Property & Land | Restrictive Covenants

Cynical breaches of restrictive covenants and section 84 LPA applications

Alexander Devine Children’s Cancer Trust v Housing Solutions Limited

The Supreme Court has upheld the decision in the Court of Appeal that the application under section 84 LPA 1925 to modify the restrictive covenants should fail because the developer had deliberately breached the covenant. However, the judgment of Lord Burrows on behalf of all the Law Lords was more nuanced and has adopted a significantly different approach to that adopted by the Court of Appeal and in particular Sales LJ.

1. Restrictive covenants – these  was imposed when a farmer owning land near Minehead situate in the Green Belt sold an area of open land to a neighbouring industrial concern in July 1972. In the conveyance restrictive covenants were included providing that

(i)       No building structure or other erection of whatsoever nature shall be built erected or placed on the purchased land.

(ii)        The purchased land shall not be used for any purposes whatsoever other than as an open space for the parking of motor vehicles.”

This was imposed for the benefit of the land owned by the farmer situated within three quarters of a mile of the encumbered land.

2. Objective – at that time it appeared that the objective of the restrictive covenant was to protect an overage provision which entitled the farmer to 75% of the uplift in the value of the land sold if planning permission was granted for any purpose other than parking. Once the payment was made the land would be automatically released from the restrictive covenant. This overage provision was subject to a time limit of twenty-one years from the date of the conveyance. The significance of the overage aspect is discussed in section 11 below.  

3. Background – the twenty-one year period expired so that the overage entitlement was extinguished but that meant that with it went the ability to obtain a release. The farm land with the benefit of the restrictive covenants passed to the son on the death of the original farmer and at the end of 2011 the son obtained planning permission in relation to part of the land next to the encumbered land for the construction of a hospice for children with terminal cancer and their carers. Following this the son gifted this land to a charity.

Millgate Developments Limited (“Millgate”) acquired the encumbered land in 2013 together with the unencumbered adjoining industrial site. It did so knowing of the existence of the restrictive covenants. Millgate then applied for planning permission to build 23 affordable housing units on the combined site. This was linked to an application for planning permission to build 75 housing units on a different site. Both applications were granted with the authorisation for the development of the other site being conditional on the provision of the affordable housing on the combined site. Millgate gave a unilateral declaration pursuant to section 106 TCPA 1990 that not more than 15 units on the linked site would be constructed until the 23 affordable units had been transferred to an affordable housing provider.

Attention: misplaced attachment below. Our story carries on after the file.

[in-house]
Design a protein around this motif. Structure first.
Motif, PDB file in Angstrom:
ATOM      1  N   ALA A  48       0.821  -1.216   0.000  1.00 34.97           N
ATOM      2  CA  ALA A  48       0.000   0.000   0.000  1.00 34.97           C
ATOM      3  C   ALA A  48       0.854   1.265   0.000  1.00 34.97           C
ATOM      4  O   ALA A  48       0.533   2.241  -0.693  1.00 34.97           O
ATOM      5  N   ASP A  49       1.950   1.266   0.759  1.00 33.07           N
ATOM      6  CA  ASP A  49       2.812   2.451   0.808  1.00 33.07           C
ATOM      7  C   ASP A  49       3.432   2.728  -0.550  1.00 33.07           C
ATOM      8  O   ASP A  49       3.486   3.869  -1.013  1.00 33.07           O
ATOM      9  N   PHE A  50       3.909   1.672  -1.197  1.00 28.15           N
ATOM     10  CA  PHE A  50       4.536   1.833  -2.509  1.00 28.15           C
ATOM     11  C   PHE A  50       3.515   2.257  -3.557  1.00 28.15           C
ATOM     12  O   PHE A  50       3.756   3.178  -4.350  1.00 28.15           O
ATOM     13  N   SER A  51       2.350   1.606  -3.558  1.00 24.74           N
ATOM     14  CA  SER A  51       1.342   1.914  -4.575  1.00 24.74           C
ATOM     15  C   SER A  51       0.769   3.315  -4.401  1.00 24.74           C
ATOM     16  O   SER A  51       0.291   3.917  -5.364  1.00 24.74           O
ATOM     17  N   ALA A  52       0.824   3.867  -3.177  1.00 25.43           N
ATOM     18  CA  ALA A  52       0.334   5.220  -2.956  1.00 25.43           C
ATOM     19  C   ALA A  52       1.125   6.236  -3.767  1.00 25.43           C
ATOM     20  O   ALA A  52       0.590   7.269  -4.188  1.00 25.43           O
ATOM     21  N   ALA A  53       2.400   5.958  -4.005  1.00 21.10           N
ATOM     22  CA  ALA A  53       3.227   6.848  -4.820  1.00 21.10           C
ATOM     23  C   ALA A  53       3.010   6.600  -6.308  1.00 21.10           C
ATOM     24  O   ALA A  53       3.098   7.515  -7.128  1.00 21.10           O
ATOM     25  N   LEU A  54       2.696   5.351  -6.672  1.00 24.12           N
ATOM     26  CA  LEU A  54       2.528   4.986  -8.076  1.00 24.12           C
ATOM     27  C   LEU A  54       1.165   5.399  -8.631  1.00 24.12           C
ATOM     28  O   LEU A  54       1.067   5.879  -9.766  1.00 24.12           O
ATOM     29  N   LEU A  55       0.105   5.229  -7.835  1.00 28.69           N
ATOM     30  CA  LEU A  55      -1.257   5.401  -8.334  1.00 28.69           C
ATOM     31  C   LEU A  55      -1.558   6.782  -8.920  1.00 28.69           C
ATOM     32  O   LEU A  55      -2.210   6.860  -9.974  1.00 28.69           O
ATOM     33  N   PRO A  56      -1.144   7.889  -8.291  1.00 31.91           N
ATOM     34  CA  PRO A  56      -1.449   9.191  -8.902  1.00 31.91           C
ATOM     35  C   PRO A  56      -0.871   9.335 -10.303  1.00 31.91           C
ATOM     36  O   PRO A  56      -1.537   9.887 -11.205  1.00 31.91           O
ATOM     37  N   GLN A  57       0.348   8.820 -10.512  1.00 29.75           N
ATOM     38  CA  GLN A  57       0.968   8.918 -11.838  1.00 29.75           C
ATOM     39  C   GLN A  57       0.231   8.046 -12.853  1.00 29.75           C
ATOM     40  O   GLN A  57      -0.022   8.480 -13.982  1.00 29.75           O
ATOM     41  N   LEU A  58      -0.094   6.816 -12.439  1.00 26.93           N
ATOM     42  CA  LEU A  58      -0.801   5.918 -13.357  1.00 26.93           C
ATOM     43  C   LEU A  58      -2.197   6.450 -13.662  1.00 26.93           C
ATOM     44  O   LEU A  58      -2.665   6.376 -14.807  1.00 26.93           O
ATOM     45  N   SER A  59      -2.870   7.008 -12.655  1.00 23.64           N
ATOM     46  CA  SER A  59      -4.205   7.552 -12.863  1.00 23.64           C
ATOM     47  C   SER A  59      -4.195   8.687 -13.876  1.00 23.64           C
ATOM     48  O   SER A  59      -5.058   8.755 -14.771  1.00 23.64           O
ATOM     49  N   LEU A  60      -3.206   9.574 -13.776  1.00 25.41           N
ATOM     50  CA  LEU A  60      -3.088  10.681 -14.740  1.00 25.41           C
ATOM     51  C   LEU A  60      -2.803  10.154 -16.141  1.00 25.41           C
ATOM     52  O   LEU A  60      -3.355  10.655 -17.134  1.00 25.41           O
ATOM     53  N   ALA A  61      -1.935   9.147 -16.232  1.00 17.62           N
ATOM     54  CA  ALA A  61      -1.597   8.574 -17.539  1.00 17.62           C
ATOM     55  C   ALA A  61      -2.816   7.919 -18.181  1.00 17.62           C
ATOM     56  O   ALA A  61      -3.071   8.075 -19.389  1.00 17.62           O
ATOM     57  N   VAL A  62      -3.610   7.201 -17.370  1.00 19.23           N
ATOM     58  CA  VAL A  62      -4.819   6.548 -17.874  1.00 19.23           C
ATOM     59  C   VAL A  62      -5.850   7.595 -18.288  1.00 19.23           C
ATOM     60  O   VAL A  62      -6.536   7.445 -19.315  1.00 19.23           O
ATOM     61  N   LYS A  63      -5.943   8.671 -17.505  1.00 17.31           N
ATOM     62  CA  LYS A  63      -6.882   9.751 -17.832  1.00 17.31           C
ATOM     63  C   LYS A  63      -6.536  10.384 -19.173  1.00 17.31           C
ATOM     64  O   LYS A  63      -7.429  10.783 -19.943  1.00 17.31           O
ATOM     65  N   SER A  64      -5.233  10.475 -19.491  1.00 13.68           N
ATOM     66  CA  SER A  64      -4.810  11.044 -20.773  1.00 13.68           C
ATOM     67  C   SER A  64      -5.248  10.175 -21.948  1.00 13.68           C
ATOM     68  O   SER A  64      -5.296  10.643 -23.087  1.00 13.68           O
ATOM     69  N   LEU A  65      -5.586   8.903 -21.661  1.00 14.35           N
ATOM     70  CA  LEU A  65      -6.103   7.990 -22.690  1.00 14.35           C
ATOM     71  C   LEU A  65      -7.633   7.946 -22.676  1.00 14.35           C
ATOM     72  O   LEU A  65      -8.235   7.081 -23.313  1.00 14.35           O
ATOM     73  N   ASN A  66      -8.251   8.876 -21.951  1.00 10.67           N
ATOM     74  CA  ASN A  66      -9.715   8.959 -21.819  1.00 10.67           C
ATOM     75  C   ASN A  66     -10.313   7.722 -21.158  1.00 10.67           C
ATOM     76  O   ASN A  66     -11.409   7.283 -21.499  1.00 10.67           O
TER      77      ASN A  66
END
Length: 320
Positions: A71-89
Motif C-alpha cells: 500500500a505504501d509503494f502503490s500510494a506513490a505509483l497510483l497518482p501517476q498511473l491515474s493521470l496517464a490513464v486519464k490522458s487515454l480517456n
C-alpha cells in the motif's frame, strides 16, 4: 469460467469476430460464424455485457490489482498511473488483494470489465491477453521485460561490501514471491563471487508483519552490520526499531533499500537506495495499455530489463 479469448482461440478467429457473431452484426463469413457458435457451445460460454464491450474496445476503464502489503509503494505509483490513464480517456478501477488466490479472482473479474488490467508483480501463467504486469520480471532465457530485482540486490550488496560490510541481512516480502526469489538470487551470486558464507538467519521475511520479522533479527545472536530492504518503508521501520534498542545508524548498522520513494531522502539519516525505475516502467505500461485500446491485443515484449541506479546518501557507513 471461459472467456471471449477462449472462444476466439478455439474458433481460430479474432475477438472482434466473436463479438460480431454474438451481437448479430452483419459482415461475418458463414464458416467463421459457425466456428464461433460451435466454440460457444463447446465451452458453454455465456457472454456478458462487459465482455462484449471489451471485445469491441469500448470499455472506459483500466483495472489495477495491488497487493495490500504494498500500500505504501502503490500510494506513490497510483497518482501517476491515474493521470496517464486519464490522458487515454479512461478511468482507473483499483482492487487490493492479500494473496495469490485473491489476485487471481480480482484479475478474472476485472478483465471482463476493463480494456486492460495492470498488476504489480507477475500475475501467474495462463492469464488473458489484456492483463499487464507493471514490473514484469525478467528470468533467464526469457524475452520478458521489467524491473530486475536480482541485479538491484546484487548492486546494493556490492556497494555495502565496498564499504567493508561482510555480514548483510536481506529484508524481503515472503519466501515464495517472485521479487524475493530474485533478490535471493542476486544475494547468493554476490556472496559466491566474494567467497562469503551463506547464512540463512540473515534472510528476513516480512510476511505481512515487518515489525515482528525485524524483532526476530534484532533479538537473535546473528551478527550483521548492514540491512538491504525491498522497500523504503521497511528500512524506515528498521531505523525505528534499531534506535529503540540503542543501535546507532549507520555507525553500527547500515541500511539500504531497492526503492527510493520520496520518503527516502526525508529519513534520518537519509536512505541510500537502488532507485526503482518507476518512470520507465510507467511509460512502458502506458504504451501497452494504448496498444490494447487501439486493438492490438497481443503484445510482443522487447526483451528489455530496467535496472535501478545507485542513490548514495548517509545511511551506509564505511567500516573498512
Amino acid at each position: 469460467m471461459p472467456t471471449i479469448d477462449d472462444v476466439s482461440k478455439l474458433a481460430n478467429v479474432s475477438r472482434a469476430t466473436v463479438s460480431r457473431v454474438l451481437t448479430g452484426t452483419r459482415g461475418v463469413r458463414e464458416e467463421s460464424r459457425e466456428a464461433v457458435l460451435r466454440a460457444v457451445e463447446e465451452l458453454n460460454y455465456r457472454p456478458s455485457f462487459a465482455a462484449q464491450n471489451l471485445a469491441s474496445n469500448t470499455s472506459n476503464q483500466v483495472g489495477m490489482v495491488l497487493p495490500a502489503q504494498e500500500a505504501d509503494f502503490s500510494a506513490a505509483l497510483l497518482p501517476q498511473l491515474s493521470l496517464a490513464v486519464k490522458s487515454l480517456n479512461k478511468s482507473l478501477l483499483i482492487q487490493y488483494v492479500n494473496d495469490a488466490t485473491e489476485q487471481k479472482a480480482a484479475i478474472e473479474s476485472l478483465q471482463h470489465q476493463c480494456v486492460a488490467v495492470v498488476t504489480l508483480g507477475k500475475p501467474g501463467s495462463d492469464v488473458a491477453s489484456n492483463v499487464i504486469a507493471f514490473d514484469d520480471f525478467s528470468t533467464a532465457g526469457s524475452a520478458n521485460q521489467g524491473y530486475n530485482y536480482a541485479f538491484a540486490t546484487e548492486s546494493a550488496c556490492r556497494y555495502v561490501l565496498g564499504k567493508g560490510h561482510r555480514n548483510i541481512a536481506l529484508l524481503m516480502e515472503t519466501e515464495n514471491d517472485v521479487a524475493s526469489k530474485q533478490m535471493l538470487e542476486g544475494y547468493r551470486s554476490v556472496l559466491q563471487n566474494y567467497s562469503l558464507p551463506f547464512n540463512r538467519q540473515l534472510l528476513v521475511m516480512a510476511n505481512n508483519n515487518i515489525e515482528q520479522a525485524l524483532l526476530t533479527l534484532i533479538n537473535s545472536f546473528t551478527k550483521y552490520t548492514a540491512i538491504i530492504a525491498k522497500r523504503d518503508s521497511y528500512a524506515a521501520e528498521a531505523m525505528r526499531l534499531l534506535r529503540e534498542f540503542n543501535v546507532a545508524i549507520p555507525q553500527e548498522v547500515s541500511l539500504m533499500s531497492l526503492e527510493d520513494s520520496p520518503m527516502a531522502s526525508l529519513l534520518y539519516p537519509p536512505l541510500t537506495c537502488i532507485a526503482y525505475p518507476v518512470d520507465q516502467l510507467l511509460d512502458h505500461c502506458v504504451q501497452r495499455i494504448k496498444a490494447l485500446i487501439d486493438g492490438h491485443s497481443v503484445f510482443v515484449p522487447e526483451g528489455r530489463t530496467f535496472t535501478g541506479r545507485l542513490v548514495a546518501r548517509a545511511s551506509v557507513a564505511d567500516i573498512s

Millgate’s plans for the affordable units allocated ten in a block of flats on the unencumbered part of the combined site and nine houses and four bungalows were to be constructed on the encumbered land. It was found by the Upper Tribunal that if Millgate had allocated all 23 affordable units to the unencumbered part of the combined site and car parking to the encumbered land this would have been accepted by the local planning authority and complied with the restrictive covenant.      

Millgate begun clearing the site on 1st July 2014 and the son first became aware of the planning permission and the work at the end of August 2014. Despite vigorous objections being made on behalf of the son the work continued and was completed on 10th July 2015. The upper floors of the houses overlooked the hospice grounds and their gardens backed onto those grounds. The roofs of the bungalows were visible from the hospice land.

On 20th July 2015 Millgate applied for a modification of the restrictive covenants to allow the already constructed houses and bungalows to remain and be occupied. This was objected to and the litigation commenced leading so far to the Supreme Court via the Upper Tribunal and the Court of Appeal but with the possibility of more litigation to come. The unencumbered part of the combined site was transferred to Housing Solutions. Subsequently, the encumbered land was transferred to Housing Solutions on 15th February 2015.